It was one of Sweden's oldest uniformed regiments and the longest-standing such regiment in the Swedish army.
During the Thirty Years' War, military uniforms did not yet exist. Each soldier served in his own clothes, which were no different from civilian clothes. Only the wealthiest regimental owners had uniforms of a uniform colour and cut made for their troops.
Thus, in the Swedish army, between 1613 and 1627, four uniformed regiments were formed, the Green, Red, Yellow and Blue, named, of course, after the colour of their coats. The Yellow Regiment formed the personal guard of the Swedish king and many Bohemian emigrants served in it.
Of course, we are most interested in the last regiment, the Blue Regiment, which was founded in 1624. The regiment was formed in Livonia (now Latvia and southern Estonia) during the Swedish-Polish War. In 1630, together with the Swedish expeditionary force, the regiment landed in northern Germany and took part in the Swedish army's campaign during the so-called Swedish War.
During this campaign, Swedish troops also captured Munich, where they captured large quantities of blue cloth. This enabled the production of uniforms for the next Blue Regiment. The original Blue Regiment was therefore called the "Old Blue" or Altblau from then on. The regiment was mentioned under this name as early as 1632 at the Battle of Lützen (it was not officially adopted until 1634).
In this battle the regiment also became famous for the heroism of its soldiers. The regiment was apparently already considered an elite unit by then, as it was deployed in this engagement without the support of other units and formed a brigade in itself (which was unusual, as a brigade was otherwise a unit formed only for the duration of the battle, usually consisting of one and a half regiments, i.e. three battalions. Also, a battalion was a unit only on the battlefield, two battalions made up a regiment).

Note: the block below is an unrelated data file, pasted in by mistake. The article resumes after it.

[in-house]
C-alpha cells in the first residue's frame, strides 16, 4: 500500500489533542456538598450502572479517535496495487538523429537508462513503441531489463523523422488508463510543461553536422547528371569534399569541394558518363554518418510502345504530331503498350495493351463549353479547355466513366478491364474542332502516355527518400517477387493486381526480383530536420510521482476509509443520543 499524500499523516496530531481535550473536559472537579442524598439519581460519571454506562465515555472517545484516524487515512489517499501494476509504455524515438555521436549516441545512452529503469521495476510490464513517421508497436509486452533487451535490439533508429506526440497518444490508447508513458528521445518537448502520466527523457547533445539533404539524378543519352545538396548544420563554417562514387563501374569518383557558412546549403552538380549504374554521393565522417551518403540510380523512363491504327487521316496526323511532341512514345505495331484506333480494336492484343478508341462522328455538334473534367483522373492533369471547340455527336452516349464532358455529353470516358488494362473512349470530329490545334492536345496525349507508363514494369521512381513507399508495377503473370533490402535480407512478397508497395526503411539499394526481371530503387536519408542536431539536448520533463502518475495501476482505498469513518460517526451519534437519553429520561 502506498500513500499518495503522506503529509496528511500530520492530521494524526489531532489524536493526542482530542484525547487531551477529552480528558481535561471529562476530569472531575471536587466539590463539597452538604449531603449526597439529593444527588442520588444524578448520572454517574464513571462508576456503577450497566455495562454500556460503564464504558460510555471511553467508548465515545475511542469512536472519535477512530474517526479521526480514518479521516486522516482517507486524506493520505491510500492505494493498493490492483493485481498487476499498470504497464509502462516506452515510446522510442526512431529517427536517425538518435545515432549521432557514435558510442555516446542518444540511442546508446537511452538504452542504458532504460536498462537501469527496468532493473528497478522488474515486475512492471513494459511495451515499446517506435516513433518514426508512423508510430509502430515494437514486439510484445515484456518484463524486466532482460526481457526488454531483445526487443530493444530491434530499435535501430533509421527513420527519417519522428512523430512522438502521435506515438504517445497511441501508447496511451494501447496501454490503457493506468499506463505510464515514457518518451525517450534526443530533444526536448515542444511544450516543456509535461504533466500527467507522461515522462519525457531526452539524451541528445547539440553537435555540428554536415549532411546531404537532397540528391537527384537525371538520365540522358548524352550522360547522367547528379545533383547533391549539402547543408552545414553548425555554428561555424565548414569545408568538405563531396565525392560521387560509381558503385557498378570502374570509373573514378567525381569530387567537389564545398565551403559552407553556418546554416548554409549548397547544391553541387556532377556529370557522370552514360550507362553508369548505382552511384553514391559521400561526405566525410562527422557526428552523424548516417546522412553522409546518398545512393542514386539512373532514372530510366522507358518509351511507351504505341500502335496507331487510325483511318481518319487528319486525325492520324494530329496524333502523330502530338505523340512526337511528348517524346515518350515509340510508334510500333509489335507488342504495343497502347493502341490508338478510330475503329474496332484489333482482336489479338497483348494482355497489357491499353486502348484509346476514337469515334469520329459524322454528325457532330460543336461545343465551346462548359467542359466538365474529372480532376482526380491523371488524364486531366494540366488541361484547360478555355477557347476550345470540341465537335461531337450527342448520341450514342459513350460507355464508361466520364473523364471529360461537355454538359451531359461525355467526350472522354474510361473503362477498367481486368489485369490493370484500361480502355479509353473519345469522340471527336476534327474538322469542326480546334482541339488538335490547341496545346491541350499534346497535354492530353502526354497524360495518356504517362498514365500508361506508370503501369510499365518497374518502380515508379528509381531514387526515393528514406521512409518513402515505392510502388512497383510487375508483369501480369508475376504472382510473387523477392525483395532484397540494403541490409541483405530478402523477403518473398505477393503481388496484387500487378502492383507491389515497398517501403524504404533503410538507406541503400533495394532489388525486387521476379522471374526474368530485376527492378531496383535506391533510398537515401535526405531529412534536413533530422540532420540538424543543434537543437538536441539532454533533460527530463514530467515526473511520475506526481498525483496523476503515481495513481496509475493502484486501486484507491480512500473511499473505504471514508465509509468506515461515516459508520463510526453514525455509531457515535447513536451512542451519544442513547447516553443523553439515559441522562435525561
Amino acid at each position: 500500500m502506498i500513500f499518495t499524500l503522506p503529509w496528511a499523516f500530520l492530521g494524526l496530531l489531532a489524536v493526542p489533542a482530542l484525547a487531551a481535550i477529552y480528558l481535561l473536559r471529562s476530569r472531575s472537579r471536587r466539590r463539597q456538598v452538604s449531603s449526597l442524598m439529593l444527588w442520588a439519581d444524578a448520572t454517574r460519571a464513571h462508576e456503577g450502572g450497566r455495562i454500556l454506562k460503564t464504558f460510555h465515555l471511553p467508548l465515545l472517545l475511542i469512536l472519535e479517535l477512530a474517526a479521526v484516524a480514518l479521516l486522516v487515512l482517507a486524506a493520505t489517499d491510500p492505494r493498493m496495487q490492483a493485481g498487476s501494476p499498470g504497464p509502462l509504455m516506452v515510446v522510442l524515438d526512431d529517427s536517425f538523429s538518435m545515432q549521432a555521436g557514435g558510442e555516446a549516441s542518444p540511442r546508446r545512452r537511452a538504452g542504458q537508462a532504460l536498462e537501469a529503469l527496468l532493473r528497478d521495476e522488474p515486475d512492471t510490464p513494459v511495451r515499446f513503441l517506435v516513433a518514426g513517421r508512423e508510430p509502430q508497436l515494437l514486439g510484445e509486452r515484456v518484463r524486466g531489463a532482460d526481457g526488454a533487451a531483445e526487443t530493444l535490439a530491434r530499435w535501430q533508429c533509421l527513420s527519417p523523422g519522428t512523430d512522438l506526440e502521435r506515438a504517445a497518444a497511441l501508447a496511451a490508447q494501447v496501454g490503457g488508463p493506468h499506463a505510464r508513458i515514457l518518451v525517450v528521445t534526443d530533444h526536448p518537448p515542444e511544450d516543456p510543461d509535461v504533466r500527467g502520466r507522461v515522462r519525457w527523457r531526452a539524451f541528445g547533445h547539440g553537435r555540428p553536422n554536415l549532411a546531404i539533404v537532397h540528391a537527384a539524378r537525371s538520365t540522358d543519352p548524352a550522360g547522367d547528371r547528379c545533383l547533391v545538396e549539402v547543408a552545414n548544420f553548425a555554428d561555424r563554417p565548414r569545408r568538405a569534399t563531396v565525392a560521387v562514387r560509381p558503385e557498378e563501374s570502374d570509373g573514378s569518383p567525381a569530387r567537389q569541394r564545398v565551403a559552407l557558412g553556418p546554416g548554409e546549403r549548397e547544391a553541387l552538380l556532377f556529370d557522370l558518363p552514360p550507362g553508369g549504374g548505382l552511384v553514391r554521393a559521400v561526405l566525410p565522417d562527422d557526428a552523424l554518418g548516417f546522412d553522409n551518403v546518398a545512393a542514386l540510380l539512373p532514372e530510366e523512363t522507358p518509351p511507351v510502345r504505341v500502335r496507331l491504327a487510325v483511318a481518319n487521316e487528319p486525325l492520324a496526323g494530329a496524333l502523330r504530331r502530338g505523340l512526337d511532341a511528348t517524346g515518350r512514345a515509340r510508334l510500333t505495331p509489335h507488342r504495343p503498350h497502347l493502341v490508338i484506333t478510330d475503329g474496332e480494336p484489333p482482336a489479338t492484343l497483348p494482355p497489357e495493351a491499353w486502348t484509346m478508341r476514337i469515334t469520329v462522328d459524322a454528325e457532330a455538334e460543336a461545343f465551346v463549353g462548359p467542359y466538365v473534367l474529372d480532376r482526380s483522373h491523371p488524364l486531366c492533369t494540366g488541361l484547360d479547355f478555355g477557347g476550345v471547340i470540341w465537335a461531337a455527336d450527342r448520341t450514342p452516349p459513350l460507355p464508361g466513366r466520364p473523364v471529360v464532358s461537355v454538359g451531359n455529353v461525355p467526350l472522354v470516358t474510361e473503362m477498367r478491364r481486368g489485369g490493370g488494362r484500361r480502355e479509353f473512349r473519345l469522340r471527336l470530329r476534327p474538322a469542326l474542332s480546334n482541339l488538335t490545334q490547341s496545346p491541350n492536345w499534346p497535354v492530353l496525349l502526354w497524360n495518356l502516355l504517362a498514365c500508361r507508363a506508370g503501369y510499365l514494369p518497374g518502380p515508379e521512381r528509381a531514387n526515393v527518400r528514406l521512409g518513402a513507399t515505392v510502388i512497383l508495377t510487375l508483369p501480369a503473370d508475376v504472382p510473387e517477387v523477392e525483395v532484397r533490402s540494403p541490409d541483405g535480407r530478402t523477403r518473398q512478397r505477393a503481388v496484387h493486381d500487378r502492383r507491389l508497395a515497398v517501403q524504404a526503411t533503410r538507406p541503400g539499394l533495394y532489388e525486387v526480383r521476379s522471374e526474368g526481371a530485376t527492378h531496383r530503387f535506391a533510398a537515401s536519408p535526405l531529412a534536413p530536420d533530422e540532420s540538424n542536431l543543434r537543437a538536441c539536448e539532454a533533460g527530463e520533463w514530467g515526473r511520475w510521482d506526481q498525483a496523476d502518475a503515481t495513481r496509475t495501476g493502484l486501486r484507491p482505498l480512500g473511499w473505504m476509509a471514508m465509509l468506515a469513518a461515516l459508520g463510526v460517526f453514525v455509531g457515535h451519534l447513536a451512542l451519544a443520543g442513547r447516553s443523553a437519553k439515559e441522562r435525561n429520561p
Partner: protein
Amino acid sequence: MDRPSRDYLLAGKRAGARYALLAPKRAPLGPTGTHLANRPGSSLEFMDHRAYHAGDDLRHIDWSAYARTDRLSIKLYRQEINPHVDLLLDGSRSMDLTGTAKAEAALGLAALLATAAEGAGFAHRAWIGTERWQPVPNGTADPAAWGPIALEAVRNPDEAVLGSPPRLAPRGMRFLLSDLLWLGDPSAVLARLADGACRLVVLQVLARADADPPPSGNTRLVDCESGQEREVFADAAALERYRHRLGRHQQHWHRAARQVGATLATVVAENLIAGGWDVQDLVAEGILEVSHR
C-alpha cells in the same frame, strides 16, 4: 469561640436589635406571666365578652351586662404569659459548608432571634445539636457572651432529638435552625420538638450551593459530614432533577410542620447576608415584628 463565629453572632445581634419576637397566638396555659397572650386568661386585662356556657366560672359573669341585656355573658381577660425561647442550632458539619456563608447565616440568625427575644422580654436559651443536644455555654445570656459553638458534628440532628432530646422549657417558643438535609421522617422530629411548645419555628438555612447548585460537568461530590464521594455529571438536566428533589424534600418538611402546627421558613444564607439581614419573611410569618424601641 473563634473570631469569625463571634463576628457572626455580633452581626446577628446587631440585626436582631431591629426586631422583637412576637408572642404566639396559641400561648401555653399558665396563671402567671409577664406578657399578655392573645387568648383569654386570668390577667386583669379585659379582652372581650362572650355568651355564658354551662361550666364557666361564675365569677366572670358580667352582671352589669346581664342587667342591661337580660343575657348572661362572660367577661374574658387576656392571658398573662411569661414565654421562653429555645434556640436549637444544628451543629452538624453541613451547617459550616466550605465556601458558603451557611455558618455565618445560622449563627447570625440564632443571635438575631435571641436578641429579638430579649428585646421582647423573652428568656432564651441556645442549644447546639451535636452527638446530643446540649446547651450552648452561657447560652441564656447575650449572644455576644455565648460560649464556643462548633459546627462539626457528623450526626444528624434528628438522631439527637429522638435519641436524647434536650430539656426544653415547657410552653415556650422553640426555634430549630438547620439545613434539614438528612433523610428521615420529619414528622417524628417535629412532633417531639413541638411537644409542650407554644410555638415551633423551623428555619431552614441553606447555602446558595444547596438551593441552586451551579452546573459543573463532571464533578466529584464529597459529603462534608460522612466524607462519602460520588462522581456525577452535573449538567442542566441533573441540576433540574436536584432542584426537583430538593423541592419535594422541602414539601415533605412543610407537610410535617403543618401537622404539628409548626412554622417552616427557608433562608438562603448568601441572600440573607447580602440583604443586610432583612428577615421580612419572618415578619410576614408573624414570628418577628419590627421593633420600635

The Altblau Regiment was deployed in the centre of the Swedish line, where it attacked against the outnumbered Imperial troops. Support from the Swedish cavalry did not arrive, as the Swedish cavalry was engaged in heavy fighting with the Imperial cavalry on the right flank. The Altblau Regiment's attack was halted, but the unit did not retreat under the pressure of superior numbers, nor after repeated attacks by the Imperial heavy cavalry. The regiment suffered heavy losses, especially from the fire of Wallenstein's well-positioned artillery. Of the 1110 members of the regiment (192 commanders, 432 pikemen, 486 musketeers), 779 men were killed or wounded (398 killed and missing, 381 wounded). Casualties thus reached an appalling 70 percent. Moreover, only the losses of the men, which, excluding the commanders, numbered 918 men at the beginning of the battle, are counted, in which case the losses represent a terrible 84 per cent. The regiment also earned the admiration of the enemy in the battle: "And they fought in that place as if they had forgotten what a retreat was and died in that place."
Even after heavy losses, the regiment did not perish. On the contrary, when the other "colored" regiments (the Green, Red and Yellow) were disbanded in 1635, the Altblau Regiment remained as the only one of the original foursome. From 1636 onwards, the regiment was most likely directly subordinate to the Swedish army's commanders-in-chief.
The regiment then took part in all the major campaigns of the Swedish army through Europe and fought in a number of battles. In 1645 it also participated in the Swedish siege of Brno under the command of Lennart Torstensson. In this battle it was the most elite Swedish regiment. It was the only Swedish unit that managed to break through the city walls. Three years later the regiment also took part in the siege of Prague.
The regiment was disbanded in 1650, making it the longest existing Swedish unit of its kind.
Commanding officers and years of command:
Hans Georg von Arnim - 1624
Maxmilian Teuffel - 1625
Hans von der Noth - 1627
Hans Kaspar von Klitzing - 1629
Hans Georg aus dem Winckel - 1630
From 1636 the regiment was commanded directly by the commanders-in-chief of the Swedish army:
Johann Baner - until 1641
Lennart Torstensson - until 1645
Carl Gustaf Wrangel - until 1650
The regiment's motto embroidered on the blue banner was: "With luck we will achieve victory!"
It is gratifying that the tradition of the famous unit has not completely disappeared, as today there is an eponymous association of historical fencing groups in our territory. The modern Altblau Regiment demonstrates the appearance of uniforms, period commands, weapons exercises and tactics of combat in the usual formations of the time.
More information about the historical and modern Altblau Regiment can be found at www.altblau.cz, which is also where the pictures used in this forum come from, courtesy of Mr. Tomas Eger. I would like to thank him for his help in the creation of this forum and the article about the Siege of Brno.